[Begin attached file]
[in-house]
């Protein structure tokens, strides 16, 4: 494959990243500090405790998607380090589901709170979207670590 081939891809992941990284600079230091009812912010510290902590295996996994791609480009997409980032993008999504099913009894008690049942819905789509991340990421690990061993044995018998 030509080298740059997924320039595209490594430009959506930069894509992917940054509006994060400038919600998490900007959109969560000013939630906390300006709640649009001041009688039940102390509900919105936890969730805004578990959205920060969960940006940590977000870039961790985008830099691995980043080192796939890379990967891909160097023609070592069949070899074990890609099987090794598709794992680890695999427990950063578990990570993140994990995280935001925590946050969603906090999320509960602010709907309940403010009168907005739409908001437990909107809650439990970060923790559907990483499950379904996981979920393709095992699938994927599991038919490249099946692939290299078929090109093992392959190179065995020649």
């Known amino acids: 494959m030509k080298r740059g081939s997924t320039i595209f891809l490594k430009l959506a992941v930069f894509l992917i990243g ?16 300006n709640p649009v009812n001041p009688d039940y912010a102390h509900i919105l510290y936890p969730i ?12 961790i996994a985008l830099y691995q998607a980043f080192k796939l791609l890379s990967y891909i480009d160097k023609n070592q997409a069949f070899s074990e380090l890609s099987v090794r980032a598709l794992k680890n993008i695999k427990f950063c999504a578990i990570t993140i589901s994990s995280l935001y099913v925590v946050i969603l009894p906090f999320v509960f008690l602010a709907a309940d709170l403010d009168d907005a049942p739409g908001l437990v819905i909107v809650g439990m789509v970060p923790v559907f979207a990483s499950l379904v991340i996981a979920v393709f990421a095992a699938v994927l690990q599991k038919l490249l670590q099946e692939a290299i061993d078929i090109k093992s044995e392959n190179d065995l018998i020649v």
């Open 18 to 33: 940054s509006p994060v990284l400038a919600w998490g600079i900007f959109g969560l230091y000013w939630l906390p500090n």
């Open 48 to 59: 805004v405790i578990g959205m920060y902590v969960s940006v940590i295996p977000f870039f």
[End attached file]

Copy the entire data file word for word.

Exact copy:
[in-house]
């Protein structure tokens, strides 16, 4: 494959990243500090405790998607380090589901709170979207670590 081939891809992941990284600079230091009812912010510290902590295996996994791609480009997409980032993008999504099913009894008690049942819905789509991340990421690990061993044995018998 030509080298740059997924320039595209490594430009959506930069894509992917940054509006994060400038919600998490900007959109969560000013939630906390300006709640649009001041009688039940102390509900919105936890969730805004578990959205920060969960940006940590977000870039961790985008830099691995980043080192796939890379990967891909160097023609070592069949070899074990890609099987090794598709794992680890695999427990950063578990990570993140994990995280935001925590946050969603906090999320509960602010709907309940403010009168907005739409908001437990909107809650439990970060923790559907990483499950379904996981979920393709095992699938994927599991038919490249099946692939290299078929090109093992392959190179065995020649």
């Known amino acids: 494959m030509k080298r740059g081939s997924t320039i595209f891809l490594k430009l959506a992941v930069f894509l992917i990243g ?16 300006n709640p649009v009812n001041p009688d039940y912010a102390h509900i919105l510290y936890p969730i ?12 961790i996994a985008l830099y691995q998607a980043f080192k796939l791609l890379s990967y891909i480009d160097k023609n070592q997409a069949f070899s074990e380090l890609s099987v090794r980032a598709l794992k680890n993008i695999k427990f950063c999504a578990i990570t993140i589901s994990s995280l935001y099913v925590v946050i969603l009894p906090f999320v509960f008690l602010a709907a309940d709170l403010d009168d907005a049942p739409g908001l437990v819905i909107v809650g439990m789509v970060p923790v559907f979207a990483s499950l379904v991340i996981a979920v393709f990421a095992a699938v994927l690990q599991k038919l490249l670590q099946e692939a290299i061993d078929i090109k093992s044995e392959n190179d065995l018998i020649v």
């Open 18 to 33: 940054s509006p994060v990284l400038a919600w998490g600079i900007f959109g969560l230091y000013w939630l906390p500090n």
């Open 48 to 59: 805004v405790i578990g959205m920060y902590v969960s940006v940590i295996p977000f870039f």